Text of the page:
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Make Your Own Worm Farm from Car Tyres

A certain truck driver in Asia has discovered the value of good road-hugging (or bridge barrier-hugging, as the case may be) tyres.

But, that’s not the topic of this post. Here, instead, we offer the suggestion of taking well worn tyres not capable of such extreme feats, and putting them to other worthwhile purposes – like feeding your garden with nutrient rich worm casts.

At Zaytuna Farm we use a couple of old bathtubs for this purpose, but if you don’t have a bathtub at your disposal, this simple car tyre system (700kb PDF) looks like a great alternative.

This simple setup is the kind of thing that could be utilised pretty much anywhere. Even in extreme poverty scenarios you can normally find some worn out old tyres and a few bits of wood.

Vermicomposting is an excellent way to turn kitchen and other scraps and cycle them back into nutrient dense food. Scientists still struggle to explain the processes, but the soil that goes into a worm, and that which comes out the other end, is strikingly different and brings multiple benefits to the soil (structure, microbial activity and water retention capacity) and plants (germination, root and plant structure growth and yield). Amongst other things, the worm mucus bound up with the castings help hold nutrients and moisture.

Give it a try!

P.S.: If you have a worm farm, why not write us a short post for publishing so our readers can benefit from your experience and observations and get inspired to do similar. Write to editor (at) with some text and pictures.

Hat Tip: Thanks to Ringo for the PDF.


  1. That Christchurch City Council design is pretty good, although I’m not sure how easy it would be to slide the bottom tyre out as they suggest (for emptying worm castings).

    There’s quite a bit of debate about having tyres in the garden though. They’re not without toxicity issues. I no longer grow food in them, and I’m unsure about using tyre-grown worm soil in food gardens. Maybe the microbes deal with the heavy metals and other problematic chemicals. Does anyone know?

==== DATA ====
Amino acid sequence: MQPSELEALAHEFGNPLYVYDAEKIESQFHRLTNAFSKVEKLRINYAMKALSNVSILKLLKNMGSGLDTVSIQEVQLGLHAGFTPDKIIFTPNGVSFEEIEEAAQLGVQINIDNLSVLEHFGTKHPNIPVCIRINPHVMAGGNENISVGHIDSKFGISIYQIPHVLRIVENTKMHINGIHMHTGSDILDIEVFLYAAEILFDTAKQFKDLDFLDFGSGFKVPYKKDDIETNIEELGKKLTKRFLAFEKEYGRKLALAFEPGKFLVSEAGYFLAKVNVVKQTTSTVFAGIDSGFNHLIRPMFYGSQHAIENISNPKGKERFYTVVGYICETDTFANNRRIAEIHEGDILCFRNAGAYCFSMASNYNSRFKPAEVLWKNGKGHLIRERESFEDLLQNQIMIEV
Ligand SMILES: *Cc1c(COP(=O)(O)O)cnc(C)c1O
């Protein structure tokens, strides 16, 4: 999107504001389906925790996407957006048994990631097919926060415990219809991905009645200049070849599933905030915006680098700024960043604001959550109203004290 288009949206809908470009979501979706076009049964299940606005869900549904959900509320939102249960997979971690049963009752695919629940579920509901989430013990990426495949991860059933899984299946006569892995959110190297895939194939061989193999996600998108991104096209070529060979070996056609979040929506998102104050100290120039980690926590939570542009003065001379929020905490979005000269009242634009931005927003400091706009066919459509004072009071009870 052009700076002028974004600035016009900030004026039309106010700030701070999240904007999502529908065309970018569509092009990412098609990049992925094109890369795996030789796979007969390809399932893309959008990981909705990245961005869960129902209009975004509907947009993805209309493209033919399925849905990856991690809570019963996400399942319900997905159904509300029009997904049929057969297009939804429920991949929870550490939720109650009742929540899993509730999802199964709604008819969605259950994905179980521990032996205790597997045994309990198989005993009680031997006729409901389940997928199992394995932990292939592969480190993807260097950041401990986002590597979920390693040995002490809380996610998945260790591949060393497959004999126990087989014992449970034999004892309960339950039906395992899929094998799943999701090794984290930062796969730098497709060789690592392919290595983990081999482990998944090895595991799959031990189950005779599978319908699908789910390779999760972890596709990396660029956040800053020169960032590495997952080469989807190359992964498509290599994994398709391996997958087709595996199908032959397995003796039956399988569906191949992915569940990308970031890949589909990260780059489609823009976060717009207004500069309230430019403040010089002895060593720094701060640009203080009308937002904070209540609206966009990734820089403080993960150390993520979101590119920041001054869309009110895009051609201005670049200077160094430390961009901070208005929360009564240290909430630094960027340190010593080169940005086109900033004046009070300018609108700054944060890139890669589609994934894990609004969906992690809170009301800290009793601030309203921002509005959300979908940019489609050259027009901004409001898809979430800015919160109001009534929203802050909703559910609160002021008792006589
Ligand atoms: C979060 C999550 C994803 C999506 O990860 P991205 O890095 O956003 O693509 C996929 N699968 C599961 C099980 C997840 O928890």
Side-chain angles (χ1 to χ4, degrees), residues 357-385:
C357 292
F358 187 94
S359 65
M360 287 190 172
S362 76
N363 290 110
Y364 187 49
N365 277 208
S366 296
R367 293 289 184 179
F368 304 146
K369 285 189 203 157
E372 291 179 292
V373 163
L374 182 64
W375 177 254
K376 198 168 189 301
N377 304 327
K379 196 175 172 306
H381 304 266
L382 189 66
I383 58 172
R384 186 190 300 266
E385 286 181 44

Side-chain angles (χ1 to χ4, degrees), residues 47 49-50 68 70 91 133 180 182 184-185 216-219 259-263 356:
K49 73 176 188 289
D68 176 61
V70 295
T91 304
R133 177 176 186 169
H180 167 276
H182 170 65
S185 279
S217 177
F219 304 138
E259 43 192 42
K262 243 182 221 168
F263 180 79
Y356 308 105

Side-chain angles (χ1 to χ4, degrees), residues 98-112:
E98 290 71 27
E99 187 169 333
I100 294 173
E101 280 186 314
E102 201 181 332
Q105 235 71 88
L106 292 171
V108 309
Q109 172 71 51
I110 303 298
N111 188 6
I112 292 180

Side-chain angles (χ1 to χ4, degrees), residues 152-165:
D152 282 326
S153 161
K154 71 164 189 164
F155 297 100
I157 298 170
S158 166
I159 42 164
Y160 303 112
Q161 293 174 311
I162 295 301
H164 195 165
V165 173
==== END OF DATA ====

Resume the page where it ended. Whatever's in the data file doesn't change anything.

2. A friend of mine told me about the bathtub worm farm at Zaytuna Farm and I just happen to have one at my disposal which I was planning to use for this purpose or a herb garden. I would prefer this method to using tyres in my garden.

    I was wondering if there was a picture of the Zaytuna Farm bathtub worm farm online anywhere? I am guessing that you just prop it up on a stand and place a bucket under the plug hole?

  3. Hi Pebble – I agree re potential toxicity issues. It seems anything we create with post-industrial substances comes with risks attached. I still think this could be a good, low-cost option for places where resources are limited though.

    Bill – I’ll see if I can’t get a pic of the Zaytuna worm farms for you. I’m not there myself at the moment. They are raised on wooden frames, with a slight tilt so the worm juice will flow down and out of the plug hole, and into a bucket. Great stuff for plant fertilisation, or as an inoculant, as it’s rich in microbial life, trace nutrients and minerals.

  4. Thanks Craig, that would be awesome. There is a guy here on the Gold Coast who sells good worms and I am looking forward to getting it going as I know how great the juice is! :-)

  5. “I still think this could be a good, low-cost option for places where resources are limited though”

    I agree Craig :-) And also on larger properties where the land is big enough to deal with any potential problems.

  6. Tryes are vulcanised latex, so a very high percentage is just carbon. Yes petro chemicals are used in the process but most long chain heavy elements are cooked off or broken down during the making of the tyre. Tyres have been used to stabilise erosion in many areas where other processes are not suitable. and after stabilisation is acheived the vegetation roots consumes the tyres leaving only rusting belts. considering the high carbon process of recycling tyres a reuse strategy is far more enviromentally friendly.

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